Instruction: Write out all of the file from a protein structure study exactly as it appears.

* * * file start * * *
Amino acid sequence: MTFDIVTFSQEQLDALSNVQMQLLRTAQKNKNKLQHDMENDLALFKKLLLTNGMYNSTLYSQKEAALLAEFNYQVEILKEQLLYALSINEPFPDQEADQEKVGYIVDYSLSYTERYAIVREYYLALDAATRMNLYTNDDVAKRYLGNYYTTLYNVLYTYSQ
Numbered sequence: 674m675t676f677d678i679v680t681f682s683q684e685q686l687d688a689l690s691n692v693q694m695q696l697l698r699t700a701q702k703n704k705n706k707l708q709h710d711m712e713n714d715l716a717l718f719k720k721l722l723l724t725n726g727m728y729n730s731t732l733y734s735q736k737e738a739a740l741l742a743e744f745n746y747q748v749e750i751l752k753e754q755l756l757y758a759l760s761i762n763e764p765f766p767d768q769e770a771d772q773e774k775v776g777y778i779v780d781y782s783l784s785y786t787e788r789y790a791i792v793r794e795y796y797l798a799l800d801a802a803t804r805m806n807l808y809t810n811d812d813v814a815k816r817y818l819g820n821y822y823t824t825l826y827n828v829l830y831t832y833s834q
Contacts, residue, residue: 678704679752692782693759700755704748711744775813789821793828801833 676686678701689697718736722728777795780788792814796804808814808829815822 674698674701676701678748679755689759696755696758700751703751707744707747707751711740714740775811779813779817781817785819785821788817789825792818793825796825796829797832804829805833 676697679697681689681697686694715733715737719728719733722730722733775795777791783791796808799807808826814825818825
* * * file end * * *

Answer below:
Amino acid sequence: MTFDIVTFSQEQLDALSNVQMQLLRTAQKNKNKLQHDMENDLALFKKLLLTNGMYNSTLYSQKEAALLAEFNYQVEILKEQLLYALSINEPFPDQEADQEKVGYIVDYSLSYTERYAIVREYYLALDAATRMNLYTNDDVAKRYLGNYYTTLYNVLYTYSQ
Numbered sequence: 674m675t676f677d678i679v680t681f682s683q684e685q686l687d688a689l690s691n692v693q694m695q696l697l698r699t700a701q702k703n704k705n706k707l708q709h710d711m712e713n714d715l716a717l718f719k720k721l722l723l724t725n726g727m728y729n730s731t732l733y734s735q736k737e738a739a740l741l742a743e744f745n746y747q748v749e750i751l752k753e754q755l756l757y758a759l760s761i762n763e764p765f766p767d768q769e770a771d772q773e774k775v776g777y778i779v780d781y782s783l784s785y786t787e788r789y790a791i792v793r794e795y796y797l798a799l800d801a802a803t804r805m806n807l808y809t810n811d812d813v814a815k816r817y818l819g820n821y822y823t824t825l826y827n828v829l830y831t832y833s834q
Contacts, residue, residue: 678704679752692782693759700755704748711744775813789821793828801833 676686678701689697718736722728777795780788792814796804808814808829815822 674698674701676701678748679755689759696755696758700751703751707744707747707751711740714740775811779813779817781817785819785821788817789825792818793825796825796829797832804829805833 676697679697681689681697686694715733715737719728719733722730722733775795777791783791796808799807808826814825818825